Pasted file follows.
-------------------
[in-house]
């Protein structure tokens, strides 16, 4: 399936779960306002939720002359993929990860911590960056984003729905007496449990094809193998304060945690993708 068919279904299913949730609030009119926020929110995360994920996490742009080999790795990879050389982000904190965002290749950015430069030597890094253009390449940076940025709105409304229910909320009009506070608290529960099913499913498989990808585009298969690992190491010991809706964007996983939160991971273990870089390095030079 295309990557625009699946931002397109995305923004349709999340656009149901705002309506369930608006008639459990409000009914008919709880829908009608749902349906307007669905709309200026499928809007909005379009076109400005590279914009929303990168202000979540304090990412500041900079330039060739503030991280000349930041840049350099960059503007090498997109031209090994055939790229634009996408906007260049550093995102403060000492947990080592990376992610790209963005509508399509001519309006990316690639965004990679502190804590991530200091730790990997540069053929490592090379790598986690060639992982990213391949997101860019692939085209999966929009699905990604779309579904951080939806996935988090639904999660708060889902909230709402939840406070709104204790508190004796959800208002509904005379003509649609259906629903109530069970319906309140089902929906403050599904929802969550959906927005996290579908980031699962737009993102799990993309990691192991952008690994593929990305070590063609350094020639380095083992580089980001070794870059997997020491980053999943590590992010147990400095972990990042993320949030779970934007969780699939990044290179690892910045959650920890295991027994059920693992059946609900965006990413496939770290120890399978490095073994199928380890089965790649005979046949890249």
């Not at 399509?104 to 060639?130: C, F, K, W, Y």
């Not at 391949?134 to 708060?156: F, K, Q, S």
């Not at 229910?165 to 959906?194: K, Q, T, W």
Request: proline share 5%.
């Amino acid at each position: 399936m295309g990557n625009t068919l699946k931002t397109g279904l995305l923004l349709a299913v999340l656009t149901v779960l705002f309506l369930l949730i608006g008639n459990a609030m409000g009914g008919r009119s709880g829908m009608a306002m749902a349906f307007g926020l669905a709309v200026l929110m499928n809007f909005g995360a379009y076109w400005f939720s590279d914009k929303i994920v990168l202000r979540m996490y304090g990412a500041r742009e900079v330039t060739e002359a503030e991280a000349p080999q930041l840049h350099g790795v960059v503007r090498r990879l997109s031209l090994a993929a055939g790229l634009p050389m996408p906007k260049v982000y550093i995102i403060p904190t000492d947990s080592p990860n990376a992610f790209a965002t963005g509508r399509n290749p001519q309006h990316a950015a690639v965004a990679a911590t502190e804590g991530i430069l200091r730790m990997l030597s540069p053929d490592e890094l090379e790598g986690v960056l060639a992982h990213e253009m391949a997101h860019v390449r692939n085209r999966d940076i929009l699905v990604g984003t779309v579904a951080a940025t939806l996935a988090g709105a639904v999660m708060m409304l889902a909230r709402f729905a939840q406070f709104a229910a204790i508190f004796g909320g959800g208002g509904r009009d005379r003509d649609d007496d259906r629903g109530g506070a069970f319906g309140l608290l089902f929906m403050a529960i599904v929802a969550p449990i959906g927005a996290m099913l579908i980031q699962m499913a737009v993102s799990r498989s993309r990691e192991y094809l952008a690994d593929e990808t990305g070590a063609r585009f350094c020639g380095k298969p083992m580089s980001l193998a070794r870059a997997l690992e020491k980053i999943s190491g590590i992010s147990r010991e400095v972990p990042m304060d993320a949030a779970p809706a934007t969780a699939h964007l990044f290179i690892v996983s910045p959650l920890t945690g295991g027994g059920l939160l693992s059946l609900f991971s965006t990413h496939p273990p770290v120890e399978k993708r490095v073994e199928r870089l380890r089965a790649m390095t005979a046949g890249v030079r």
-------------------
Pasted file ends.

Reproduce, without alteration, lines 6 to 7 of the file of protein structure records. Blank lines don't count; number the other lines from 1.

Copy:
Request: proline share 5%.
């Amino acid at each position: 399936m295309g990557n625009t068919l699946k931002t397109g279904l995305l923004l349709a299913v999340l656009t149901v779960l705002f309506l369930l949730i608006g008639n459990a609030m409000g009914g008919r009119s709880g829908m009608a306002m749902a349906f307007g926020l669905a709309v200026l929110m499928n809007f909005g995360a379009y076109w400005f939720s590279d914009k929303i994920v990168l202000r979540m996490y304090g990412a500041r742009e900079v330039t060739e002359a503030e991280a000349p080999q930041l840049h350099g790795v960059v503007r090498r990879l997109s031209l090994a993929a055939g790229l634009p050389m996408p906007k260049v982000y550093i995102i403060p904190t000492d947990s080592p990860n990376a992610f790209a965002t963005g509508r399509n290749p001519q309006h990316a950015a690639v965004a990679a911590t502190e804590g991530i430069l200091r730790m990997l030597s540069p053929d490592e890094l090379e790598g986690v960056l060639a992982h990213e253009m391949a997101h860019v390449r692939n085209r999966d940076i929009l699905v990604g984003t779309v579904a951080a940025t939806l996935a988090g709105a639904v999660m708060m409304l889902a909230r709402f729905a939840q406070f709104a229910a204790i508190f004796g909320g959800g208002g509904r009009d005379r003509d649609d007496d259906r629903g109530g506070a069970f319906g309140l608290l089902f929906m403050a529960i599904v929802a969550p449990i959906g927005a996290m099913l579908i980031q699962m499913a737009v993102s799990r498989s993309r990691e192991y094809l952008a690994d593929e990808t990305g070590a063609r585009f350094c020639g380095k298969p083992m580089s980001l193998a070794r870059a997997l690992e020491k980053i999943s190491g590590i992010s147990r010991e400095v972990p990042m304060d993320a949030a779970p809706a934007t969780a699939h964007l990044f290179i690892v996983s910045p959650l920890t945690g295991g027994g059920l939160l693992s059946l609900f991971s965006t990413h496939p273990p770290v120890e399978k993708r490095v073994e199928r870089l380890r089965a790649m390095t005979a046949g890249v030079r």